62. Turner-McGrievy GM, Hales SB, Baum AC. Transitioning to new child-care nutrition policies: nutrient content of preschool menus differs by presence of vegetarian main entrée. J Acad Nutr Diet 2014; 114:117.
  63. Fox N, Ward KJ. You are what you eat? Vegetarianism, health and identity. Soc Sci Med 2008; 66:2585.
  64. Robinson-O'Brien R, Perry CL, Wall MM, et al. Adolescent and young adult vegetarianism: better dietary intake and weight outcomes but increased risk of disordered eating behaviors. J Am Diet Assoc 2009; 109:648.
  65. Jacobs C, Dwyer JT. Vegetarian children: appropriate and inappropriate diets. Am J Clin Nutr 1988; 48:811.
  66. Institute of Medicine, Food and Nutrition Board. Dietary reference intakes for energy, carbohydrate, fiber, fat, fatty acids, cholesterol, protein, and amino acids. National Academies Press, Washington DC, 2005. Available at: http://www.nap.edu/catalog.php?record_id=10490 (Accessed on December 02, 2010).
  67. Larsson CL, Johansson GK. Young Swedish vegans have different sources of nutrients than young omnivores. J Am Diet Assoc 2005; 105:1438.
  68. Haddad EH, Sabaté J, Whitten CG. Vegetarian food guide pyramid: a conceptual framework. Am J Clin Nutr 1999; 70:615S.
  69. Stonehouse W. Does consumption of LC omega-3 PUFA enhance cognitive performance in healthy school-aged children and throughout adulthood? Evidence from clinical trials. Nutrients 2014; 6:2730.
  70. Rosell MS, Lloyd-Wright Z, Appleby PN, et al. Long-chain n-3 polyunsaturated fatty acids in plasma in British meat-eating, vegetarian, and vegan men. Am J Clin Nutr 2005; 82:327.
  71. Craddock JC, Neale EP, Probst YC, Peoples GE. Algal supplementation of vegetarian eating patterns improves plasma and serum docosahexaenoic acid concentrations and omega-3 indices: a systematic literature review. J Hum Nutr Diet 2017.
  72. Koletzko B, Beblo S, Demmelmair H, Hanebutt FL. Omega-3 LC-PUFA supply and neurological outcomes in children with phenylketonuria (PKU). J Pediatr Gastroenterol Nutr 2009; 48 Suppl 1:S2.
  73. Craig WJ, Mangels AR, American Dietetic Association. Position of the American Dietetic Association: vegetarian diets. J Am Diet Assoc 2009; 109:1266.
  74. Young VR. Soy protein in relation to human protein and amino acid nutrition. J Am Diet Assoc 1991; 91:828.
  75. Fomon SJ, Ziegler EE, Nelson SE, Edwards BB. Requirement for sulfur-containing amino acids in infancy. J Nutr 1986; 116:1405.
  76. Fomon SJ, Ziegler EE, Filer LJ Jr, et al. Methionine fortification of a soy protein formula fed to infants. Am J Clin Nutr 1979; 32:2460.
  77. Young VR, Pellett PL. Plant proteins in relation to human protein and amino acid nutrition. Am J Clin Nutr 1994; 59:1203S.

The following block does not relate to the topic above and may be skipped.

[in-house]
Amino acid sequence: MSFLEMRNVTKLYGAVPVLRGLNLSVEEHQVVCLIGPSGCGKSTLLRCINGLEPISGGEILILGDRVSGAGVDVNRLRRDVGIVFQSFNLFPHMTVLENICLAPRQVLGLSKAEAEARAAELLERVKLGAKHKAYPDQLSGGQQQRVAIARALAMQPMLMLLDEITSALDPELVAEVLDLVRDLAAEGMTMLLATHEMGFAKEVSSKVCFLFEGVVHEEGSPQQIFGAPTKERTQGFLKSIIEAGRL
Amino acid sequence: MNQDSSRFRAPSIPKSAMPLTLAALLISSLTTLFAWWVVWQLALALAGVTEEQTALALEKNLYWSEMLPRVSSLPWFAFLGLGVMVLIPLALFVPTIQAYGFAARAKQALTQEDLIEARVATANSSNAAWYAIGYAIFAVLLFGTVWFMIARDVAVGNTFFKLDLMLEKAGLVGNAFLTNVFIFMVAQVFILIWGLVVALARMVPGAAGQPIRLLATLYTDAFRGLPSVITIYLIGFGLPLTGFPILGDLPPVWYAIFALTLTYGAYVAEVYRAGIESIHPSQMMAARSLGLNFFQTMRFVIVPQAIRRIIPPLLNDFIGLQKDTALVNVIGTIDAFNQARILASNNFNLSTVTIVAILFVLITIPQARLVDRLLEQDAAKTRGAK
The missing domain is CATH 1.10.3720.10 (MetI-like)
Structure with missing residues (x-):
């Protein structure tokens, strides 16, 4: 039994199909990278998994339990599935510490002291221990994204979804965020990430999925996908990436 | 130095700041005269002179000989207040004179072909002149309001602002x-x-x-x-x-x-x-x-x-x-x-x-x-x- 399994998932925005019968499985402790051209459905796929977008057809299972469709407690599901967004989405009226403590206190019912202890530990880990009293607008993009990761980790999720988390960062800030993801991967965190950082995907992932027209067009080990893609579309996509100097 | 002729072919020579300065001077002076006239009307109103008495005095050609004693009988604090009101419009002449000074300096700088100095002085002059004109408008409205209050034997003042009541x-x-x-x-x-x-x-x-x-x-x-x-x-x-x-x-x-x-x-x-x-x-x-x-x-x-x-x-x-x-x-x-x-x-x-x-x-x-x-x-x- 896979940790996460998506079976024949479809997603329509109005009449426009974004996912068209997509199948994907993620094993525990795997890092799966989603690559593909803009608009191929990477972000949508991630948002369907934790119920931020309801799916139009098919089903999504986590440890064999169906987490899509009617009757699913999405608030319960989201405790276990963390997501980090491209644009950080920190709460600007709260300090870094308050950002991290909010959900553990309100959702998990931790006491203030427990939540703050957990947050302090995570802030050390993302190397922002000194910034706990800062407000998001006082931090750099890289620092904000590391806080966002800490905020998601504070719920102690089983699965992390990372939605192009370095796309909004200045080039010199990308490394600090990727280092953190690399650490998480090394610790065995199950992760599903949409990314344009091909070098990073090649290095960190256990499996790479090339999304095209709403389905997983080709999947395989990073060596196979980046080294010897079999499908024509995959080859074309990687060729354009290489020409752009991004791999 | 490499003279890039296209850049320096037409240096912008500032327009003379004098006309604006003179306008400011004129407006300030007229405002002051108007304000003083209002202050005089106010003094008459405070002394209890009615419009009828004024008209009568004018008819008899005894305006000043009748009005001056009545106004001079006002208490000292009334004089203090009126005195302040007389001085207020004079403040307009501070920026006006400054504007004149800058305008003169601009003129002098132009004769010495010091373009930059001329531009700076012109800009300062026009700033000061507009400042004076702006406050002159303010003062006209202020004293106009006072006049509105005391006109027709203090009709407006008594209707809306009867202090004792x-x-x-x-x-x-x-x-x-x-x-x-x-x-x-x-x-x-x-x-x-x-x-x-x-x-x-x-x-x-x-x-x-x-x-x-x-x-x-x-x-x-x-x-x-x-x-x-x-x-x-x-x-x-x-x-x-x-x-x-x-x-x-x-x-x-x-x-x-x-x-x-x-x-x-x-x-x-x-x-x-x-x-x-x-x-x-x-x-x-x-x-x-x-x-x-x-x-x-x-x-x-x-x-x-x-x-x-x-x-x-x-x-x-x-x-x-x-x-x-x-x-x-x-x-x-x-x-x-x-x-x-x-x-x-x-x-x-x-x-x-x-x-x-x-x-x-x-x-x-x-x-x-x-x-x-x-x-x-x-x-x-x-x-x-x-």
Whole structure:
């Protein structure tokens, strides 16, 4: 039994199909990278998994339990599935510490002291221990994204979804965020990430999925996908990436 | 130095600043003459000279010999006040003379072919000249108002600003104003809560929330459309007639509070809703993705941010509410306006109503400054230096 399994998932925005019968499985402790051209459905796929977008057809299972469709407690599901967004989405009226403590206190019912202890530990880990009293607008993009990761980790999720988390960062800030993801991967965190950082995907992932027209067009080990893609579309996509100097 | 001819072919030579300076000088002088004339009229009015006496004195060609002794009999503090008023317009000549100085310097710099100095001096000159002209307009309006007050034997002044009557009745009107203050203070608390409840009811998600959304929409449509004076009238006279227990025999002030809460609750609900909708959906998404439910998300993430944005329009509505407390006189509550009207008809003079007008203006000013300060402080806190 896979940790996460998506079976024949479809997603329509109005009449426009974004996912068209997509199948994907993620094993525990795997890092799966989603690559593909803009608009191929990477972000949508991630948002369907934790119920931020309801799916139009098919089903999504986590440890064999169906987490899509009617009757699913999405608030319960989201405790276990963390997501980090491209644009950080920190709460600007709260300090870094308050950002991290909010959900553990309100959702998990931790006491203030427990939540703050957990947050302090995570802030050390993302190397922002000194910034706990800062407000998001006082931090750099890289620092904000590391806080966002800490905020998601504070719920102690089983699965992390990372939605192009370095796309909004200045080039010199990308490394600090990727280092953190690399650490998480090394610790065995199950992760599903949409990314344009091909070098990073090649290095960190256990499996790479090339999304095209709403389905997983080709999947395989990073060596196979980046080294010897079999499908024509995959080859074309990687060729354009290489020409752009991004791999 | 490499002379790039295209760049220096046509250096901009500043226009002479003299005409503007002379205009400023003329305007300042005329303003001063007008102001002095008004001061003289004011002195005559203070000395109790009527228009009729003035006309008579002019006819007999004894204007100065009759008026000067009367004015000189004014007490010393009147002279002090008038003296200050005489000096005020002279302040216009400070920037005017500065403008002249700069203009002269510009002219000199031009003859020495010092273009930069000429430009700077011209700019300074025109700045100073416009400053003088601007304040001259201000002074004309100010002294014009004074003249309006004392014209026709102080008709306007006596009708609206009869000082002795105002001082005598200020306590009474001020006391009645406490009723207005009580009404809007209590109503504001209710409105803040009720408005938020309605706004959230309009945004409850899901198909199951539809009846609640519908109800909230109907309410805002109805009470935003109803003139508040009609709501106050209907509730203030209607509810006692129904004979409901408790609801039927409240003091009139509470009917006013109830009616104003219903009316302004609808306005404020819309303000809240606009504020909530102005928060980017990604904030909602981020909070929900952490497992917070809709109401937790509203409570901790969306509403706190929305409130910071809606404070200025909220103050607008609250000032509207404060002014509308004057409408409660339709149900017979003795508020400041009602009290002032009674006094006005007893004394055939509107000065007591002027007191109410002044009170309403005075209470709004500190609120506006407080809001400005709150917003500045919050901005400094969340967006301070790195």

78. Young VR, Wayler A, Garza C, et al. A long-term metabolic balance study in young men to assess the nutritional quality of an isolated soy protein and beef proteins. Am J Clin Nutr 1984; 39:8.
  79. Messina V, Mangels AR. Considerations in planning vegan diets: children. J Am Diet Assoc 2001; 101:661.
  80. Johnston PK, Sabate, J. Nutritional implications of vegetarian diets. In: Modern nutrition in health and disease, 10 Ed, Shils ME, Shike M, Ross, AC, et al (Eds), Lippincott Williams & Wilkins, Baltiomore 2006. p.1641.
  81. Thane CW, Bates CJ, Prentice A. Risk factors for low iron intake and poor iron status in a national sample of British young people aged 4-18 years. Public Health Nutr 2003; 6:485.
  82. Domellöf M, Braegger C, Campoy C, et al. Iron requirements of infants and toddlers. J Pediatr Gastroenterol Nutr 2014; 58:119.
  83. Clénin GE. The treatment of iron deficiency without anaemia (in otherwise healthy persons). Swiss Med Wkly 2017; 147:w14434.
  84. Institute of Medicine, Food and Nutrition Board. Dietary reference intakes for vitamin A, vitamin K, arsenic, boron, chromium, copper, iodine, iron, manganese, molybdenum, nickel, silicon, vanadium, and zinc. Available at: http://www.nap.edu/catalog.php?record_id=10026 (Accessed on December 02, 2010).
  85. Pawlak R, Bell K. Iron Status of Vegetarian Children: A Review of Literature. Ann Nutr Metab 2017; 70:88.
  86. Ambroszkiewicz J, Klemarczyk W, Mazur J, et al. Serum Hepcidin and Soluble Transferrin Receptor in the Assessment of Iron Metabolism in Children on a Vegetarian Diet. Biol Trace Elem Res 2017.
  87. Murphy SP, Allen LH. Nutritional importance of animal source foods. J Nutr 2003; 133:3932S.
  88. Fairweather-Tait S, Hurrell RF. Bioavailability of minerals and trace elements. Nutr Res Rev 1996; 9:295.
  89. Roughead ZK, Hunt JR. Adaptation in iron absorption: iron supplementation reduces nonheme-iron but not heme-iron absorption from food. Am J Clin Nutr 2000; 72:982.
  90. Hallberg L, Hulthén L. Prediction of dietary iron absorption: an algorithm for calculating absorption and bioavailability of dietary iron. Am J Clin Nutr 2000; 71:1147.
  91. Hunt JR. Bioavailability of iron, zinc, and other trace minerals from vegetarian diets. Am J Clin Nutr 2003; 78:633S.
  92. Craig WJ. Iron status of vegetarians. Am J Clin Nutr 1994; 59:1233S.
  93. Gorczyca D, Prescha A, Szeremeta K, Jankowski A. Iron status and dietary iron intake of vegetarian children from Poland. Ann Nutr Metab 2013; 62:291.
  94. Dwyer JT, Dietz WH Jr, Andrews EM, Suskind RM. Nutritional status of vegetarian children. Am J Clin Nutr 1982; 35:204.
  95. Chiplonkar SA, Tupe R. Development of a diet quality index with special reference to micronutrient adequacy for adolescent girls consuming a lacto-vegetarian diet. J Am Diet Assoc 2010; 110:926.
  96. Hallberg L, Brune M, Rossander L. Effect of ascorbic acid on iron absorption from different types of meals. Studies with ascorbic-acid-rich foods and synthetic ascorbic acid given in different amounts with different meals. Hum Nutr Appl Nutr 1986; 40:97.
  97. Siegenberg D, Baynes RD, Bothwell TH, et al. Ascorbic acid prevents the dose-dependent inhibitory effects of polyphenols and phytates on nonheme-iron absorption. Am J Clin Nutr 1991; 53:537.
  98. Sandström B. Micronutrient interactions: effects on absorption and bioavailability. Br J Nutr 2001; 85 Suppl 2:S181.
  99. Anderson GH, Zlotkin SH. Developing and implementing food-based dietary guidance for fat in the diets of children. Am J Clin Nutr 2000; 72:1404S.
  100. Harland BF, Morris ER. Phytate: a good or a bad food component? Nutr Res 1995; 15:733.
  101. Gibson RS, Hotz C. Dietary diversification/modification strategies to enhance micronutrient content and bioavailability of diets in developing countries. Br J Nutr 2001; 85 Suppl 2:S159.
  102. Hunt JR. Moving toward a plant-based diet: are iron and zinc at risk? Nutr Rev 2002; 60:127.